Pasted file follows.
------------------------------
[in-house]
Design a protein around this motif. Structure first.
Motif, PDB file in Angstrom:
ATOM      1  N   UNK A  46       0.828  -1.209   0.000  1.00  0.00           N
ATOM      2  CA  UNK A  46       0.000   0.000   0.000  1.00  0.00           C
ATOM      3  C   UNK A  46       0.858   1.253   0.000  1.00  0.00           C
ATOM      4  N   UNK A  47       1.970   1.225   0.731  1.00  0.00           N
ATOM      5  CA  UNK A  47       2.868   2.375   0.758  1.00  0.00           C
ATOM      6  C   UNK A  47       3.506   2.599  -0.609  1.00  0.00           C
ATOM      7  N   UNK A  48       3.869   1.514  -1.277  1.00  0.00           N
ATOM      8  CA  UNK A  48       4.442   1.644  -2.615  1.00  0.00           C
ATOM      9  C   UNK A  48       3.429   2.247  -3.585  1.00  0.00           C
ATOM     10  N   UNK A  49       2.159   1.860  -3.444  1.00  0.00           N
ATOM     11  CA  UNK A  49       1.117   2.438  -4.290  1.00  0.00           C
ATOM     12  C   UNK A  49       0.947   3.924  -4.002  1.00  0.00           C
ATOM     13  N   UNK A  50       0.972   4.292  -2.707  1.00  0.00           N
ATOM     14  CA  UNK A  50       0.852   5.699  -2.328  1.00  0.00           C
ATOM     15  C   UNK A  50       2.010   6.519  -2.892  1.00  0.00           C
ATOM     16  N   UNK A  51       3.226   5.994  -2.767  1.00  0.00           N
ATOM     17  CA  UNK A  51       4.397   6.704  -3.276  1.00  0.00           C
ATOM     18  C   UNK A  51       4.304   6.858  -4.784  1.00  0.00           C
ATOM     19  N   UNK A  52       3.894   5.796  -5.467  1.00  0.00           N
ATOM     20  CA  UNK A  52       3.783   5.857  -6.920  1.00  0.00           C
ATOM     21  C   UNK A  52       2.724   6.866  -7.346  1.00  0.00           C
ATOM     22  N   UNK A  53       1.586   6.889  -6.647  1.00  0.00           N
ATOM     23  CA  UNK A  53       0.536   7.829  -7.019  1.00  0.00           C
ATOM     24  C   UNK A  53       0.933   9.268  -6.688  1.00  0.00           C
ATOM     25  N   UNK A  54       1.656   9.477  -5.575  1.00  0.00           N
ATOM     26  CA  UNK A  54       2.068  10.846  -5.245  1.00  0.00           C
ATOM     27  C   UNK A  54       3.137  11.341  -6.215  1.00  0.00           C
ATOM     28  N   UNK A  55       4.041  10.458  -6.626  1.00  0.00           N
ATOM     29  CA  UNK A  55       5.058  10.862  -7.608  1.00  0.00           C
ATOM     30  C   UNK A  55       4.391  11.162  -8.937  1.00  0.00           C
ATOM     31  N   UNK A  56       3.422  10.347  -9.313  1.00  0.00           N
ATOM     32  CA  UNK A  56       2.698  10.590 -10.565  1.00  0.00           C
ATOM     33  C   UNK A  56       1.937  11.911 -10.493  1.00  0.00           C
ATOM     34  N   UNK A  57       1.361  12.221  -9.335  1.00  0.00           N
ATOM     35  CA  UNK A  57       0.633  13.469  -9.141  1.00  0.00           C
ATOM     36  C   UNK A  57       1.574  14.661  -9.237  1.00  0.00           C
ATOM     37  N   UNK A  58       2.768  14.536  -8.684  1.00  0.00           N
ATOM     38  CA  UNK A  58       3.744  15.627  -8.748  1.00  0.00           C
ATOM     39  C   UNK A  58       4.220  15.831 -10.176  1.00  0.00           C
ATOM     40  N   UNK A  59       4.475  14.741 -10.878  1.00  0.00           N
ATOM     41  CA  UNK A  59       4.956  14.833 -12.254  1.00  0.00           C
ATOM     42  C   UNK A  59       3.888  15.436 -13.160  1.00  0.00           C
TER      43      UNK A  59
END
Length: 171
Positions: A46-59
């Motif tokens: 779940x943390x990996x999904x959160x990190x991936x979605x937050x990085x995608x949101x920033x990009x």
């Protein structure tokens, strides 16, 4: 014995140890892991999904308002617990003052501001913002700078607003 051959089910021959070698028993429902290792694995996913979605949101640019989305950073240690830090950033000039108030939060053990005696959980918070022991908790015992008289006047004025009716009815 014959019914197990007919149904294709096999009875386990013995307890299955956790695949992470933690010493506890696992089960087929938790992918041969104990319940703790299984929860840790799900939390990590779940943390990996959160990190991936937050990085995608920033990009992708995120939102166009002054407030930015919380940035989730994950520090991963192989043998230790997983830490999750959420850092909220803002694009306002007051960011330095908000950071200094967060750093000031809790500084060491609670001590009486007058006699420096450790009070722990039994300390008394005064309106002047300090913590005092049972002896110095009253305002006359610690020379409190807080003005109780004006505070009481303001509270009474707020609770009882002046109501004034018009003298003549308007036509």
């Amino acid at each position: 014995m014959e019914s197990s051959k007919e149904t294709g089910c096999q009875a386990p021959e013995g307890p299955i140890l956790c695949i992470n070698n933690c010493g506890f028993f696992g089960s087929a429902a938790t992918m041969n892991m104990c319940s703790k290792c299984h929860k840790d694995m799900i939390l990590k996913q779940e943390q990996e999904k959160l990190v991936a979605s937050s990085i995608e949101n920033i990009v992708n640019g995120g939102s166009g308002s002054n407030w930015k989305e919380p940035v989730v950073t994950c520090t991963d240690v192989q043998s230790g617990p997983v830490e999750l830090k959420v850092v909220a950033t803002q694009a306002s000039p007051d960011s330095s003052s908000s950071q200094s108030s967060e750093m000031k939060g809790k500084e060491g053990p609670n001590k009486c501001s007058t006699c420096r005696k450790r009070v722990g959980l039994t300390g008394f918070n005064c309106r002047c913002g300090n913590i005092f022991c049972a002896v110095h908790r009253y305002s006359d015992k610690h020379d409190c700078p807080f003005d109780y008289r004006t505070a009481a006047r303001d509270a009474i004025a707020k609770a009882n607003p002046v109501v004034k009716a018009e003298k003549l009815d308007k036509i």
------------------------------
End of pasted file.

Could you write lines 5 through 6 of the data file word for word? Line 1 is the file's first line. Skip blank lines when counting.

ATOM      2  CA  UNK A  46       0.000   0.000   0.000  1.00  0.00           C
ATOM      3  C   UNK A  46       0.858   1.253   0.000  1.00  0.00           C